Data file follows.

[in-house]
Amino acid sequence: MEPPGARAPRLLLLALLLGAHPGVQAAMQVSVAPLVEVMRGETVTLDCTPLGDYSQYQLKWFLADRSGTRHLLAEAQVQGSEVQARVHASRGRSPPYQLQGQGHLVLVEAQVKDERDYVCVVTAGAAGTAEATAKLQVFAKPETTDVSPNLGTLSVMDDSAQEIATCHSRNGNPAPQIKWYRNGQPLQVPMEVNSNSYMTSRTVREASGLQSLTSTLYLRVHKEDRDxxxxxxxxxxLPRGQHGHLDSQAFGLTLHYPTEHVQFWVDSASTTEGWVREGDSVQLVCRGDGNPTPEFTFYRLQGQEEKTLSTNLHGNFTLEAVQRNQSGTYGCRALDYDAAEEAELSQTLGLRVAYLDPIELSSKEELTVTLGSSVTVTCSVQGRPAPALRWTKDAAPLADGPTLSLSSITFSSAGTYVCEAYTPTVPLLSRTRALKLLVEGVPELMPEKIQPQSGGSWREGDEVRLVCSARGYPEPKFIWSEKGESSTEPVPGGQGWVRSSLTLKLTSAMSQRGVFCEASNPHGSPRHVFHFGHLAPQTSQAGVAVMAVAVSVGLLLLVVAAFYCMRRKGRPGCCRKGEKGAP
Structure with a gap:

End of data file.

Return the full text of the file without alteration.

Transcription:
[in-house]
Amino acid sequence: MEPPGARAPRLLLLALLLGAHPGVQAAMQVSVAPLVEVMRGETVTLDCTPLGDYSQYQLKWFLADRSGTRHLLAEAQVQGSEVQARVHASRGRSPPYQLQGQGHLVLVEAQVKDERDYVCVVTAGAAGTAEATAKLQVFAKPETTDVSPNLGTLSVMDDSAQEIATCHSRNGNPAPQIKWYRNGQPLQVPMEVNSNSYMTSRTVREASGLQSLTSTLYLRVHKEDRDxxxxxxxxxxLPRGQHGHLDSQAFGLTLHYPTEHVQFWVDSASTTEGWVREGDSVQLVCRGDGNPTPEFTFYRLQGQEEKTLSTNLHGNFTLEAVQRNQSGTYGCRALDYDAAEEAELSQTLGLRVAYLDPIELSSKEELTVTLGSSVTVTCSVQGRPAPALRWTKDAAPLADGPTLSLSSITFSSAGTYVCEAYTPTVPLLSRTRALKLLVEGVPELMPEKIQPQSGGSWREGDEVRLVCSARGYPEPKFIWSEKGESSTEPVPGGQGWVRSSLTLKLTSAMSQRGVFCEASNPHGSPRHVFHFGHLAPQTSQAGVAVMAVAVSVGLLLLVVAAFYCMRRKGRPGCCRKGEKGAP
Structure with a gap: